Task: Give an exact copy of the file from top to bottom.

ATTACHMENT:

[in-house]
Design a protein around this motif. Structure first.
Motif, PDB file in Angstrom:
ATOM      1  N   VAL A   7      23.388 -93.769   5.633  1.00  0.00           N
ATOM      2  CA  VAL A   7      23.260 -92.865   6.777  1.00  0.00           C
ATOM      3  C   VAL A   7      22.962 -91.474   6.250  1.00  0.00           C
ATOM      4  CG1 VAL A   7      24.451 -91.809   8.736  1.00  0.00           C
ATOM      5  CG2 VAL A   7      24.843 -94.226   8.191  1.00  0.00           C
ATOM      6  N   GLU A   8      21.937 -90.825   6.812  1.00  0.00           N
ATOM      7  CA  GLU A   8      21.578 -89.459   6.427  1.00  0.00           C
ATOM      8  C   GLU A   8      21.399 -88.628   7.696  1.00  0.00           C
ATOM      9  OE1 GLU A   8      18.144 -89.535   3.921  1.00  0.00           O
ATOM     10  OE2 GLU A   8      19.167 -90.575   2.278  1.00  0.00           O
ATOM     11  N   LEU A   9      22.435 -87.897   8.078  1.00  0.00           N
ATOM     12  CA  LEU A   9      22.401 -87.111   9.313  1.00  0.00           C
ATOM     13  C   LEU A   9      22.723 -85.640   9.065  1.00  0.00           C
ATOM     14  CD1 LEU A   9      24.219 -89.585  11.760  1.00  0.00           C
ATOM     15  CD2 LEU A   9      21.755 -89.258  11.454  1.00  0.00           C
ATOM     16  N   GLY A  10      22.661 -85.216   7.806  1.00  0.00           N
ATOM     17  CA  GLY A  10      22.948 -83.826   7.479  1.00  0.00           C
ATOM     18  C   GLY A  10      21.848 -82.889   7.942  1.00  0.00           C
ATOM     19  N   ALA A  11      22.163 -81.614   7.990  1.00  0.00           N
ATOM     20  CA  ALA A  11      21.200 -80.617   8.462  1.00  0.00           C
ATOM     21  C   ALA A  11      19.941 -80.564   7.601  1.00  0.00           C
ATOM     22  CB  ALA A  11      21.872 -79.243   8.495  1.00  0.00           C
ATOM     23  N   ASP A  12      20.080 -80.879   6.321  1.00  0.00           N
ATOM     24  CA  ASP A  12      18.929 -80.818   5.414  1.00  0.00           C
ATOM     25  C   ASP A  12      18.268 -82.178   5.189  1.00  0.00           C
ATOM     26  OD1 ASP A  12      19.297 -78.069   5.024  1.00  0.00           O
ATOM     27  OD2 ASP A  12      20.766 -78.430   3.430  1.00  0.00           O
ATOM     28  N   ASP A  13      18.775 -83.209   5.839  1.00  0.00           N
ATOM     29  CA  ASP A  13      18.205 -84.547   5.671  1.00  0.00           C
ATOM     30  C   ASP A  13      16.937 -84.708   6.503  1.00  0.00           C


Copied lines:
[in-house]
Design a protein around this motif. Structure first.
Motif, PDB file in Angstrom:
ATOM      1  N   VAL A   7      23.388 -93.769   5.633  1.00  0.00           N
ATOM      2  CA  VAL A   7      23.260 -92.865   6.777  1.00  0.00           C
ATOM      3  C   VAL A   7      22.962 -91.474   6.250  1.00  0.00           C
ATOM      4  CG1 VAL A   7      24.451 -91.809   8.736  1.00  0.00           C
ATOM      5  CG2 VAL A   7      24.843 -94.226   8.191  1.00  0.00           C
ATOM      6  N   GLU A   8      21.937 -90.825   6.812  1.00  0.00           N
ATOM      7  CA  GLU A   8      21.578 -89.459   6.427  1.00  0.00           C
ATOM      8  C   GLU A   8      21.399 -88.628   7.696  1.00  0.00           C
ATOM      9  OE1 GLU A   8      18.144 -89.535   3.921  1.00  0.00           O
ATOM     10  OE2 GLU A   8      19.167 -90.575   2.278  1.00  0.00           O
ATOM     11  N   LEU A   9      22.435 -87.897   8.078  1.00  0.00           N
ATOM     12  CA  LEU A   9      22.401 -87.111   9.313  1.00  0.00           C
ATOM     13  C   LEU A   9      22.723 -85.640   9.065  1.00  0.00           C
ATOM     14  CD1 LEU A   9      24.219 -89.585  11.760  1.00  0.00           C
ATOM     15  CD2 LEU A   9      21.755 -89.258  11.454  1.00  0.00           C
ATOM     16  N   GLY A  10      22.661 -85.216   7.806  1.00  0.00           N
ATOM     17  CA  GLY A  10      22.948 -83.826   7.479  1.00  0.00           C
ATOM     18  C   GLY A  10      21.848 -82.889   7.942  1.00  0.00           C
ATOM     19  N   ALA A  11      22.163 -81.614   7.990  1.00  0.00           N
ATOM     20  CA  ALA A  11      21.200 -80.617   8.462  1.00  0.00           C
ATOM     21  C   ALA A  11      19.941 -80.564   7.601  1.00  0.00           C
ATOM     22  CB  ALA A  11      21.872 -79.243   8.495  1.00  0.00           C
ATOM     23  N   ASP A  12      20.080 -80.879   6.321  1.00  0.00           N
ATOM     24  CA  ASP A  12      18.929 -80.818   5.414  1.00  0.00           C
ATOM     25  C   ASP A  12      18.268 -82.178   5.189  1.00  0.00           C
ATOM     26  OD1 ASP A  12      19.297 -78.069   5.024  1.00  0.00           O
ATOM     27  OD2 ASP A  12      20.766 -78.430   3.430  1.00  0.00           O
ATOM     28  N   ASP A  13      18.775 -83.209   5.839  1.00  0.00           N
ATOM     29  CA  ASP A  13      18.205 -84.547   5.671  1.00  0.00           C
ATOM     30  C   ASP A  13      16.937 -84.708   6.503  1.00  0.00           C